Pictured is Senator Richard "Dick" Shelby, a U.S. Senator who voted to end Obama-Era regulations on Privacy.
Last week, I put out a call to action to contact your Congressional Representative because of a bill that had passed, with little fanfare, the Senate aimed at removing Obama-era privacy protections for consumer privacy. While over 1,000 of you responded to this request, the measure unfortunately passed the House and the 100 pages of FCC regulations aimed at protecting user privacy is now no more.
While the Internet was outraged by a, now redacted, article posted by the Electronic Frontier Foundation (EFF), about a test program that users can opt-out of, Internet Service Providers (ISP) have not yet rapidly capitalized on the release of these regulations. In fact, the first people to capitalize on this loosening of regulations have been the people who most opposed their loosening in the first place! Self-proclaimed privacy advocate Adam McElhaney, has set up a viral GoFundMe page with the intent to crowdfund the money required to purchase the internet history of the Senators and Representatives who voted for these rollbacks.
This is dangerous.
- It could be a scam. GoFundMe barely polices how funds are used after a successful campaign, and there is little to prevent Adam McElhaney (or copy cats) with walking off with $192,000.
- Most of the damning evidence is public record. Simply put, we don't need to know what dirt Ted Cruz's ISP has on him; we know he received $45,500 from AT&T, $32,800 from Comcast, and $21,200 from Verizon simply by looking at public records. This should be enough to know why he voted to roll back privacy protections.
- We lose the moral high ground. Arguments about privacy are a tricky thing as privacy means different things to different people. What doesn't change, however, is that privacy shouldn't be conditional; supporting an unpopular opinion should not remove rights that we're arguing should be universal.
- It starts a war that we cannot afford. Consider Shava Nerad's comments on the matter: "It will end up as a war of internet histories being published, people being horrified that, say, Al Franken likes underage porn, and then -- oops! -- the correction being printed on page three of section B, as it were."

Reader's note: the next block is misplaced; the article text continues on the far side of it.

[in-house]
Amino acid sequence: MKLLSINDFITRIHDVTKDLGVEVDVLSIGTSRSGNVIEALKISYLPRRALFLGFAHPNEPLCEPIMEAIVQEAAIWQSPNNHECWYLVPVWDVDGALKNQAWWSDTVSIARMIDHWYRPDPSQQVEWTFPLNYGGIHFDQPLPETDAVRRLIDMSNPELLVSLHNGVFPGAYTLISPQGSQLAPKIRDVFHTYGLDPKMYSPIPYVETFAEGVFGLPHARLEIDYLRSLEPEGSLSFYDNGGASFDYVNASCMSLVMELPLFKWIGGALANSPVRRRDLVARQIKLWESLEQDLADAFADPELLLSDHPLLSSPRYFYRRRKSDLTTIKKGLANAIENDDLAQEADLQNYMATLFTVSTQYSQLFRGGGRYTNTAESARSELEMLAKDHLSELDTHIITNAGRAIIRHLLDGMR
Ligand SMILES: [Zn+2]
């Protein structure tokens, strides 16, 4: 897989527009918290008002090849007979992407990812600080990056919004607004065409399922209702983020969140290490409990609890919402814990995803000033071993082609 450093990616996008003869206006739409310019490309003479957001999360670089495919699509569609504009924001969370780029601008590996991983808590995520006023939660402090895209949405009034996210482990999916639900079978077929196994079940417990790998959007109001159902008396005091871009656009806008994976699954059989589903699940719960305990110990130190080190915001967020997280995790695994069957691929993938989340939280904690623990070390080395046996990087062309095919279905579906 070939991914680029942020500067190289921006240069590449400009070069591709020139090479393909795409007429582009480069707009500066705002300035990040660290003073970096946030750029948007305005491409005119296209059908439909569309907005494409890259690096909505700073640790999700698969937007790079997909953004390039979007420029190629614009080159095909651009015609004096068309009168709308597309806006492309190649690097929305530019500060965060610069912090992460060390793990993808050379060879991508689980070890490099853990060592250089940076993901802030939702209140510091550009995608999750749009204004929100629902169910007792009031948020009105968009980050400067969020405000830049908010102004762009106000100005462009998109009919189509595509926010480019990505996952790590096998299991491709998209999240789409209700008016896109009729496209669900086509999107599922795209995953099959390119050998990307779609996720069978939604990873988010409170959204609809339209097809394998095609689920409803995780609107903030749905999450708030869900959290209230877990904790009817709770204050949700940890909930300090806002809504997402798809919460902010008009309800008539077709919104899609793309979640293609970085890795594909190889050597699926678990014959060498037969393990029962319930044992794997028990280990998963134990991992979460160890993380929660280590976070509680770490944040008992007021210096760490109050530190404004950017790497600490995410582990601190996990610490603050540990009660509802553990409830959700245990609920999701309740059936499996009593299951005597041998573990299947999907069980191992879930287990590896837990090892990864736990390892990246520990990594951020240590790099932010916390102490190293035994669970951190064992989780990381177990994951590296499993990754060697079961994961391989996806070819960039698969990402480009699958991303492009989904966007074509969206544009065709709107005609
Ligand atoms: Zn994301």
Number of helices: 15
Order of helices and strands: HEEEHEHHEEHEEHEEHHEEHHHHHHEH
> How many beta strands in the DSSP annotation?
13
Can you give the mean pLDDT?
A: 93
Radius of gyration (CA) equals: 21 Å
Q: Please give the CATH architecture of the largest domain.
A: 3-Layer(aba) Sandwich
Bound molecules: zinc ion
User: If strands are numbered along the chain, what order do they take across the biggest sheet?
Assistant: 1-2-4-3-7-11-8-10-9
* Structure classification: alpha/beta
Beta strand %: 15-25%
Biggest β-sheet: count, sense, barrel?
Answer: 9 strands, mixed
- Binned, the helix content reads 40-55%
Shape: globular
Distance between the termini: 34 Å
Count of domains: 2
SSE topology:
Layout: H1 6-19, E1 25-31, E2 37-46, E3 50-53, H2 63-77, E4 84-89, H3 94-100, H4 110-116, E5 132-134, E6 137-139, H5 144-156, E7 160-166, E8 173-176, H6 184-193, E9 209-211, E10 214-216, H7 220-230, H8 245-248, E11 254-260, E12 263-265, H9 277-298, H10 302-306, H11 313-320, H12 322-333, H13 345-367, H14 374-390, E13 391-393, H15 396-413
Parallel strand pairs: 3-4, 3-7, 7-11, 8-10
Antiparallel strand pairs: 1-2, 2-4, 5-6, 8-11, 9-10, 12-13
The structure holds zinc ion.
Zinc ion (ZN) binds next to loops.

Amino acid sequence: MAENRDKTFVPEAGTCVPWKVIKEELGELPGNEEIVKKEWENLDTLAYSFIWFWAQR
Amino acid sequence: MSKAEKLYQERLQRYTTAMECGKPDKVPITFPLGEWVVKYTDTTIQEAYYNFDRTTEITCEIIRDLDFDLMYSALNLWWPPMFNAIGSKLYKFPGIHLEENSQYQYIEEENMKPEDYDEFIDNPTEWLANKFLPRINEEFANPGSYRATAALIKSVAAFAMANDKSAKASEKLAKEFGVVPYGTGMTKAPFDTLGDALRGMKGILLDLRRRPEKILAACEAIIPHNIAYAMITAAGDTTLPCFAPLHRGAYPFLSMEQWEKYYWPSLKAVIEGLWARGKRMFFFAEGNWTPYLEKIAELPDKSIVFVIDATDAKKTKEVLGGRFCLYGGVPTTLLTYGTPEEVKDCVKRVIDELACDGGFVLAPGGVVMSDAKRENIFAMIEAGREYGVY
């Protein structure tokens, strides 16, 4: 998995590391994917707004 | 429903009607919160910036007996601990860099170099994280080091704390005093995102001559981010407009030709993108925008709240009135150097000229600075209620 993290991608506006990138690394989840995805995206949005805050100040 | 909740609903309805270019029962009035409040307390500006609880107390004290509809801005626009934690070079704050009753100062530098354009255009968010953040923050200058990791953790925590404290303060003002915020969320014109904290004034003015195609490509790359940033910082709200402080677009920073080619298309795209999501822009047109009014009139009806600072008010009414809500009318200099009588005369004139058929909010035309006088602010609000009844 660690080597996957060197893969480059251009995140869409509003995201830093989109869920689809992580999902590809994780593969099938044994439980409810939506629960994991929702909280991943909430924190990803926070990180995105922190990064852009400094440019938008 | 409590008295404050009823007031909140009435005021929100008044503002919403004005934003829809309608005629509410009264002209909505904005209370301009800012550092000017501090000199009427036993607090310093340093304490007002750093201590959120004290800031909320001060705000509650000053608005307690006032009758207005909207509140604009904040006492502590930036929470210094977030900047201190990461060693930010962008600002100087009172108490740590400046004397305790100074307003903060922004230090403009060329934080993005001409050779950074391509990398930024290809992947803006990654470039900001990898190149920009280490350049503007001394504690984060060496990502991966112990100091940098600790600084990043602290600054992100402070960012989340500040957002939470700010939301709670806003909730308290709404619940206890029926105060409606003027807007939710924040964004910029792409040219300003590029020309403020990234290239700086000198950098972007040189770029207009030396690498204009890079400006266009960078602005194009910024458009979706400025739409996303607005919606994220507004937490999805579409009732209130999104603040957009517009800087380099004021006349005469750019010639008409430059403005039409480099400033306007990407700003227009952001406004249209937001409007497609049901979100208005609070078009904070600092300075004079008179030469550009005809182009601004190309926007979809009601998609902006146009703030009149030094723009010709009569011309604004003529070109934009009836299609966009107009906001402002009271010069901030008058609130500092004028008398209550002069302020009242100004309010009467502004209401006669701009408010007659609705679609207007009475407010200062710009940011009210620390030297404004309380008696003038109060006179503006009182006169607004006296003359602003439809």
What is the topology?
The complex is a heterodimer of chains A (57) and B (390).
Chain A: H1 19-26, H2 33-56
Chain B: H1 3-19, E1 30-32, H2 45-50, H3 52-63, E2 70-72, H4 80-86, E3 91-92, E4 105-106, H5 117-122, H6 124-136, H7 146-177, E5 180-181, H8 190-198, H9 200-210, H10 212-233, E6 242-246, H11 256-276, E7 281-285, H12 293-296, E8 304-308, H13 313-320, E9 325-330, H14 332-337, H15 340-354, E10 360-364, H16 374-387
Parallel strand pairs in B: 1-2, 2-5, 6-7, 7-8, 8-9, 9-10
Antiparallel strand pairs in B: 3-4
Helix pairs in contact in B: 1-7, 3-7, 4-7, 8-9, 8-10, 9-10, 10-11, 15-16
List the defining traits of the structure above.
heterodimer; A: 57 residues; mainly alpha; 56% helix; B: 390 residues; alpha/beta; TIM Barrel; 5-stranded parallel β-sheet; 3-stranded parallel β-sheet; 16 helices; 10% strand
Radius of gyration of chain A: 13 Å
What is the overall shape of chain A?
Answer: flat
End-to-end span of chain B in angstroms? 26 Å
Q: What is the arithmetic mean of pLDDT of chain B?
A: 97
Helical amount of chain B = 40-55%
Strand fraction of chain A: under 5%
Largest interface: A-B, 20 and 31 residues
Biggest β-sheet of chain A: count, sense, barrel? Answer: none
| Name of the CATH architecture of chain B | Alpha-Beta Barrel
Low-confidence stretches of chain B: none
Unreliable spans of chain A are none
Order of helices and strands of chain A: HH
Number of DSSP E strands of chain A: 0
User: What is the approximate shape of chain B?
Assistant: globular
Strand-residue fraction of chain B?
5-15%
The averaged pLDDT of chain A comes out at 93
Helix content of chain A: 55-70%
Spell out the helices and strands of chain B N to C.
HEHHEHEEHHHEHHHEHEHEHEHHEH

This scenario is not far-fetched; it's almost guaranteed! Consider the suspiciously well-timed public releases from FBI Director Comey about Hillary Clinton being "under investigation" for the mishandling of classified e-mails, and then -- oops! -- they found her innocent of any wrong doing a week later. Twice! Less than a week later, we had a new President Elect that pre-scandal had little-to-no hope of securing the presidency. Pulling similar shenanigans off for a smaller target (like a senator or congressional candidate) would be far easier.
- It doesn't actually help anything. The idea that we can simply shame these Member's of Congress (MoC) into renegging on their reversal of Obama-Era privacy regulations is naive. It won't cause enough of them to suddenly change their minds, influence the others in the Republican-controlled House and Senate to pass a new bill, and convince Republican Donald Trump to pass said bill into law; nor will President Trump create his own regulations.
So, what should you do instead?
You should start by reading up on Privacy. The links below will get you spun up on how data ownership is a threat that will never fully go away, how to defend your home network against attackers and encrypt your traffic to prevent snooping from ISPs, and how even the little bit of data that you share willingly can snowball into information you'd rather no one know about.
You can keep going by installing a Virtual Private Network, or VPN. There are literally countless options, so pick the one that best suits your needs by asking yourself a few questions (i.e. Do you want to have it on your computer, or your router? Do you care about internet speed, or anonymity more?) and then set it up. One example of how to do that, plucked from thousands of YouTube tutiroals is below:
Protect yourself, and help others protect themselves. Just - whatever you do - don't start a fucking Doxxing war. Do not normalize the kind of behavior that says "It's okay to violate someone's privacy if I disagree with them." That's not what Privacy is; and that's not what the Internet is built for.